What is Dissolution?
Dissolution is the ending of a corporation after it ceases to carry on business.
Dissolution can be done either voluntarily or involuntarily.
Voluntary dissolution happens when the voting shareholders of a corporation, or the corporation’s incorporators (or their personal representatives), authorize the dissolution.
Involuntary dissolution can be initiated by court order when a corporation is wound up.
What are the Liabilities of Shareholders on Dissolution?
When a corporation dissolves, its shareholders are generally not liable for the debts of the corporation.
The following are some exceptions to this:
- If the corporation cannot pay its liabilities because it reduced its stated capital to minimize or pay the liabilities of its shareholders, those shareholders may be liable to the corporation for the full amount of those payments;
- Shareholders who are party to a unanimous shareholders agreement may be jointly and severally liable to the corporation’s employees for all debts up to six months’ wages and up to twelve months’ vacation pay;
- Shareholders may be liable for outstanding debts owed to the corporation’s creditors, to the extent of the amount of property received by those shareholders on the dissolution of the corporation; and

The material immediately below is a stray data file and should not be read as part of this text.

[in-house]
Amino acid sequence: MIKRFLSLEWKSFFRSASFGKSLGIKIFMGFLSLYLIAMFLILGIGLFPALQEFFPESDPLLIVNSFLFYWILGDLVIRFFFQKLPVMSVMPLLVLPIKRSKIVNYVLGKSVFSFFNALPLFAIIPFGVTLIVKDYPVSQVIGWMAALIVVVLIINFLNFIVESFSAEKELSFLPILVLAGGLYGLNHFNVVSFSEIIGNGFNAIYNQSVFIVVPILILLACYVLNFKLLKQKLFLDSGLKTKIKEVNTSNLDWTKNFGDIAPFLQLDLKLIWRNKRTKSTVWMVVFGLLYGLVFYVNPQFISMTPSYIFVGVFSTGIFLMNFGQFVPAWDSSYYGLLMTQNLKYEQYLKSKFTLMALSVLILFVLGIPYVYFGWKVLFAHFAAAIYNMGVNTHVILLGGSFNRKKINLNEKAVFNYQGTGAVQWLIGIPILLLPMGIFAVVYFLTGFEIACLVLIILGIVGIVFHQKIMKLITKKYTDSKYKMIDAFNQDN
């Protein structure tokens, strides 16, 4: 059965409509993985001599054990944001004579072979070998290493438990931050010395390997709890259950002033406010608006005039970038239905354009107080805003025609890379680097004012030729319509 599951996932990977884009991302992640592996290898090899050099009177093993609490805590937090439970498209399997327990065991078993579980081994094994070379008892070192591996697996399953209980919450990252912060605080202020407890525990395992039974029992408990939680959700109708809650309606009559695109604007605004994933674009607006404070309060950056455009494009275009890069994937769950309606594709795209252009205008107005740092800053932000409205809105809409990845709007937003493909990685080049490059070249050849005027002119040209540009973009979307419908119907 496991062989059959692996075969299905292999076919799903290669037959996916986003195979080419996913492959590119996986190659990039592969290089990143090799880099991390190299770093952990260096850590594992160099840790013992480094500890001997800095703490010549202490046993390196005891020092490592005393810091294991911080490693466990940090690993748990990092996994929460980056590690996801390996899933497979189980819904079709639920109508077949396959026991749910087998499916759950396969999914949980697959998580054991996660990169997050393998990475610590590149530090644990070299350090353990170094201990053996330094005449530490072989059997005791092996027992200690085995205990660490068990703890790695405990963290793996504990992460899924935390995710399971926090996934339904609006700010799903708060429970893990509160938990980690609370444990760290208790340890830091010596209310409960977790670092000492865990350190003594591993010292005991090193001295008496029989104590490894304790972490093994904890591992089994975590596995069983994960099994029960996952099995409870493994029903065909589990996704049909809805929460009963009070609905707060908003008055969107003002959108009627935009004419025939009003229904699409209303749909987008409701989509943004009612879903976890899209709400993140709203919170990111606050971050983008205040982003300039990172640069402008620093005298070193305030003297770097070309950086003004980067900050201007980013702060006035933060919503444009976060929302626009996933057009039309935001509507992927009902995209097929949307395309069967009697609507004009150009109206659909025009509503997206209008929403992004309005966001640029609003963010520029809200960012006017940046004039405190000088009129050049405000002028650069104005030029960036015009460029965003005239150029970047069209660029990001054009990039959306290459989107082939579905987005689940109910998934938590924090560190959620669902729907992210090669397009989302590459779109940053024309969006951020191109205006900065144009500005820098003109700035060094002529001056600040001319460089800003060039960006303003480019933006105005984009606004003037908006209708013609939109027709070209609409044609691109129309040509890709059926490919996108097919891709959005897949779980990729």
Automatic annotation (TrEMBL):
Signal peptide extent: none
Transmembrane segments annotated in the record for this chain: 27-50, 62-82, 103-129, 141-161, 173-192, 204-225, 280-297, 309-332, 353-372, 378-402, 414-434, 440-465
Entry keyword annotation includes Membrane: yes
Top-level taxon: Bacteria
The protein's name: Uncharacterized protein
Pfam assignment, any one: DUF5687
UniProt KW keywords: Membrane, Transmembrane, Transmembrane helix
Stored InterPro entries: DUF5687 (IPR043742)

- A shareholder may be personally liable for the corporation’s debts if that shareholder is a personal guarantor for those debts.
What are the Liabilities of Directors on Dissolution?
Directors are responsible for exercising care, diligence and skill when making decisions on behalf of the corporation. Failure to do so may result in those directors incurring liability.
Some examples of that liability on dissolution are as follows:
- Directors may be jointly and severally liable to the corporation’s employees for all debts up to six months’ wages and up to twelve months’ vacation pay;
- Directors may be personally liable if the corporation has failed to remit source deductions such as employee income taxes, employment insurance and Canada Pension Plan contributions;
- Directors may be personally liable where the corporation has failed to remit HST collected;
- A director of a public company may be personally liable if he or she misrepresents the company’s disclosure documents;
- A director may be personally liable for the corporation’s debts if he or she is a personal guarantor for those debts; and
- Directors may be jointly and severally liable for dividends paid, shares redeemed, or shares purchased if those transactions were made while the corporation was insolvent during the twelve months preceding its bankruptcy.
How can Shareholders and Directors Limit their Liability?
It is prudent for shareholders and directors to maintain accurate corporate records, including meeting minutes and resolutions from day one.
Having up-to-date corporate records will be helpful when dissolving a corporation.
Shareholders and directors should consider utilizing professional advisors to ensure they fulfill their duties on dissolution.
If you are a director and/or shareholder of a private corporation seeking to dissolve your corporation, we can help you explore your rights and obligations.
Call us today or fill out the form below for more information.